The tokens will be deleted on the disk but it would still persist in memcached.

You can add the following options while cleaning up the tokens:

  • -t, --token-life: The expected life of tokens. The token objects modified before the give number of seconds will be checked for expiration (default: 86400).

  • --purge: Purges all the tokens for a given account whether the tokens have expired or not.

  • --purge-all: Purges all the tokens for all the accounts and users whether the tokens have expired or not.

Integrating with the TempAuth Authentication Service


TempAuth authentication service must only be used in test deployments and not for production.

TempAuth is automatically installed when you install GlusterFS. TempAuth stores user and password information as cleartext in a single proxy-server.conf file. In your /etc/swift/proxy-server.conf file, enable TempAuth in pipeline and add user information in TempAuth section by referencing the below example.

pipeline = catch_errors healthcheck proxy-logging cache tempauth proxy-logging proxy-server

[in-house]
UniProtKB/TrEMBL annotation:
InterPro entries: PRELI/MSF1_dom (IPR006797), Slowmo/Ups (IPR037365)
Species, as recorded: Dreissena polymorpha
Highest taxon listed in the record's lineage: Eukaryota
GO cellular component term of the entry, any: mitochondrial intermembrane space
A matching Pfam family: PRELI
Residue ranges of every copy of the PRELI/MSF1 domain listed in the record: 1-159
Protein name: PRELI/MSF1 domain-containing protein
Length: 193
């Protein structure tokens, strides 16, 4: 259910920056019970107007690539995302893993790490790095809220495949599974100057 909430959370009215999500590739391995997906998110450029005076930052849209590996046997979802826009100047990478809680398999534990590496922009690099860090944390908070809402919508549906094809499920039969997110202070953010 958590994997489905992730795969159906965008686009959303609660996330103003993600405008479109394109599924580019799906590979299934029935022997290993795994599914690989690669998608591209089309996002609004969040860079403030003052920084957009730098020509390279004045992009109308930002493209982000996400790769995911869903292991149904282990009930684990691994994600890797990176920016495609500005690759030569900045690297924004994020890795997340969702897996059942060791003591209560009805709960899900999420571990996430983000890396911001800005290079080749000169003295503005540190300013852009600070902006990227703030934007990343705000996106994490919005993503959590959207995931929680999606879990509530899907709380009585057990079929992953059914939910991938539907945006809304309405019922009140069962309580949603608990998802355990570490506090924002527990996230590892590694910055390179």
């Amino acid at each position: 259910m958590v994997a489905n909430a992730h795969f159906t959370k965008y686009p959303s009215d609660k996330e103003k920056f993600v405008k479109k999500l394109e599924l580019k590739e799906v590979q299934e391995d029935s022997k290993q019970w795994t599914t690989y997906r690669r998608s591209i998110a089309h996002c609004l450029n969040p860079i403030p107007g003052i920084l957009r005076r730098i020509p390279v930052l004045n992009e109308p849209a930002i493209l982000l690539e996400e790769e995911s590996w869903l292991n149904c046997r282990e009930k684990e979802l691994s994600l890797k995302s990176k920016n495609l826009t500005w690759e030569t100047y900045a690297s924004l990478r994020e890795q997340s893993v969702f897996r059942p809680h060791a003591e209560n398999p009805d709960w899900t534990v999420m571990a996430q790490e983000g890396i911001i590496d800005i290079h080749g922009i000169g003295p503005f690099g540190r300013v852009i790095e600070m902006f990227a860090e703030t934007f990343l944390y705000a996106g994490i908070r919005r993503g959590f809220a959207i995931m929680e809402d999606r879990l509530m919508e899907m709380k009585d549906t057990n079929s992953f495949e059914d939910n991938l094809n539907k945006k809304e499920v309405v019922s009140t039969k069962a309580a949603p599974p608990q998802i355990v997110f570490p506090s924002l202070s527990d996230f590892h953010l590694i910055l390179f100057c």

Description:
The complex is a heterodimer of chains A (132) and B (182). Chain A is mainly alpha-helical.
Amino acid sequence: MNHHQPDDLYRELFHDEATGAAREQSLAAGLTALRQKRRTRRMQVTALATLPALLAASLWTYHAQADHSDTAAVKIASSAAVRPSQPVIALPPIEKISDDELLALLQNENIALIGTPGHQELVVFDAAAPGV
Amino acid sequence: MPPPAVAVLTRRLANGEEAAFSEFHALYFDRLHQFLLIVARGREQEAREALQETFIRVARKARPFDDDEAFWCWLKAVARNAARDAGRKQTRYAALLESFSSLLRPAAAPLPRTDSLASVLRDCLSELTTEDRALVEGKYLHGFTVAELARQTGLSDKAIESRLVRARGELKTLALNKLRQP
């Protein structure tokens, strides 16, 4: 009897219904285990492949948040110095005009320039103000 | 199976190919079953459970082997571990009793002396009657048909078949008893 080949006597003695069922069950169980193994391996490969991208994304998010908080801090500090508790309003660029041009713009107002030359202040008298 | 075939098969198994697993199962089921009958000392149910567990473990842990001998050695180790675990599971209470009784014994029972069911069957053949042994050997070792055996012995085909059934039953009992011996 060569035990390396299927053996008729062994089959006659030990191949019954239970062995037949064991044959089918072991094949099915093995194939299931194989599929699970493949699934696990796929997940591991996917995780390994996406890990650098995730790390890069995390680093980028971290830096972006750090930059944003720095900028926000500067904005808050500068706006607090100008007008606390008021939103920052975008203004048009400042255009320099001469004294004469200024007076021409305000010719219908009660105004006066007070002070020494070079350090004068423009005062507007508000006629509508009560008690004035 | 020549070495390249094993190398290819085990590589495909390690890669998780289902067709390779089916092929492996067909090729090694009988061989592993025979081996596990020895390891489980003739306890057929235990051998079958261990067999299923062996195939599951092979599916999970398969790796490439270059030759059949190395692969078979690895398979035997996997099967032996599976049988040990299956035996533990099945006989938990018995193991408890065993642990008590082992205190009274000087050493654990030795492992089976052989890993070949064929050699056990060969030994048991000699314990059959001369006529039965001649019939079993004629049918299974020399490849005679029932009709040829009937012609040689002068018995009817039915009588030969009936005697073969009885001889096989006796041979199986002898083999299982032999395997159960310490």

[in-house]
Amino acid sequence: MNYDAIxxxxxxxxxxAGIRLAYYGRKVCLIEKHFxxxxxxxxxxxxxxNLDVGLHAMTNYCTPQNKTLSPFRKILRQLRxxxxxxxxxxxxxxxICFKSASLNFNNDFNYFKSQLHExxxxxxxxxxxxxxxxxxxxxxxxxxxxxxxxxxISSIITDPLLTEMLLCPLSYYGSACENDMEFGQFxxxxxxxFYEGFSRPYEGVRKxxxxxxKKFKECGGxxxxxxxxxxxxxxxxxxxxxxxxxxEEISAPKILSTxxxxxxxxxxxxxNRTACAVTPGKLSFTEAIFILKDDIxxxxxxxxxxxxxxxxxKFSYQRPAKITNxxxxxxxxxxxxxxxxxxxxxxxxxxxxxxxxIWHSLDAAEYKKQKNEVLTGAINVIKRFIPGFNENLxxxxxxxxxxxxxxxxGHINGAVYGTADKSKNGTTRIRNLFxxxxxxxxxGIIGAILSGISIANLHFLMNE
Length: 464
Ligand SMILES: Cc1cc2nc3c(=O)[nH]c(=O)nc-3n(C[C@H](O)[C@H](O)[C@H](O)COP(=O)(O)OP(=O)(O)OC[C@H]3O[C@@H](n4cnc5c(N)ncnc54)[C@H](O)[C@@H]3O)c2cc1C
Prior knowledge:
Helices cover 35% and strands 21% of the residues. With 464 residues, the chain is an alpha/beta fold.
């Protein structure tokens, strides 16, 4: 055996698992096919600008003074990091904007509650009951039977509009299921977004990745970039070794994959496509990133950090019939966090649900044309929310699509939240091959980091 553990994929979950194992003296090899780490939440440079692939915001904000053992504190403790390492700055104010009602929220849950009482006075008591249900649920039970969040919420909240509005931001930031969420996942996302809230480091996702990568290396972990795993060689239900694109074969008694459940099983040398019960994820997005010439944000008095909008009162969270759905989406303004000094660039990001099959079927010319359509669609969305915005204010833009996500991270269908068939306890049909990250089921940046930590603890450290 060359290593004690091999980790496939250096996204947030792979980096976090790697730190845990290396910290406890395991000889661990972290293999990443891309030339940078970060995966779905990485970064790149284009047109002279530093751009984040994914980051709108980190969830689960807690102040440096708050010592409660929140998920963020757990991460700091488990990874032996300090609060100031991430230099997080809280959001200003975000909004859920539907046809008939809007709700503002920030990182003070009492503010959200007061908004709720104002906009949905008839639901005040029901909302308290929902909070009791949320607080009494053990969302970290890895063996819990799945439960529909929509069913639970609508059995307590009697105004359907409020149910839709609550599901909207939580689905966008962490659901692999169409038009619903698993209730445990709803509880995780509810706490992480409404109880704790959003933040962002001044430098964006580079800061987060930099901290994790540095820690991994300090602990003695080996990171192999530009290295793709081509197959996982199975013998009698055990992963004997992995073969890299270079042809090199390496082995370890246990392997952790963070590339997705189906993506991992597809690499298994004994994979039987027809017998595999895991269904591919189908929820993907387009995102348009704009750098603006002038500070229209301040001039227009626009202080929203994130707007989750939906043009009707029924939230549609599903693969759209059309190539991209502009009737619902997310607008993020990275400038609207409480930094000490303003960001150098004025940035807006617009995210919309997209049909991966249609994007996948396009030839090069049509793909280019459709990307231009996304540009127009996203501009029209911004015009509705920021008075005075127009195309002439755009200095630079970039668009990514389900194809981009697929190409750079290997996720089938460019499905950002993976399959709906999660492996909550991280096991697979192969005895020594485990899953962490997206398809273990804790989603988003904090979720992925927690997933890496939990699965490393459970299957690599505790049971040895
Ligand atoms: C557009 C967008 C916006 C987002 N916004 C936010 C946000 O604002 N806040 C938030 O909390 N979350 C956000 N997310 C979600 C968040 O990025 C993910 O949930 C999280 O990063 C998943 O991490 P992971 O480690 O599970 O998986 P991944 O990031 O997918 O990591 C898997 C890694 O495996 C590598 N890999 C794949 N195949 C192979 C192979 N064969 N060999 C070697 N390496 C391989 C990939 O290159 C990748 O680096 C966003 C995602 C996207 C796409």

use = egg:swift#tempauth
user_admin_admin = admin.admin.reseller_admin
user_test_tester = testing .admin
user_test_tester2 = testing2

You can add users to the account in the following format:

user_accountname_username = password [.admin]

Here the accountname is the GlusterFS volume used to store objects.

You must restart the Object Store services for the configuration changes to take effect. For information on restarting the services, see Starting and Stopping Server.

Configuring Object Servers

Create a new configuration file /etc/swift/object.server.conf by referencing the template file available at /etc/swift/object-server.conf-gluster.

Configuring Container Servers

Create a new configuration file /etc/swift/container-server.conf by referencing the template file available at /etc/swift/container-server.conf-gluster.

Configuring Account Servers

Create a new configuration file /etc/swift/account-server.conf by referencing the template file available at /etc/swift/account-server.conf-gluster.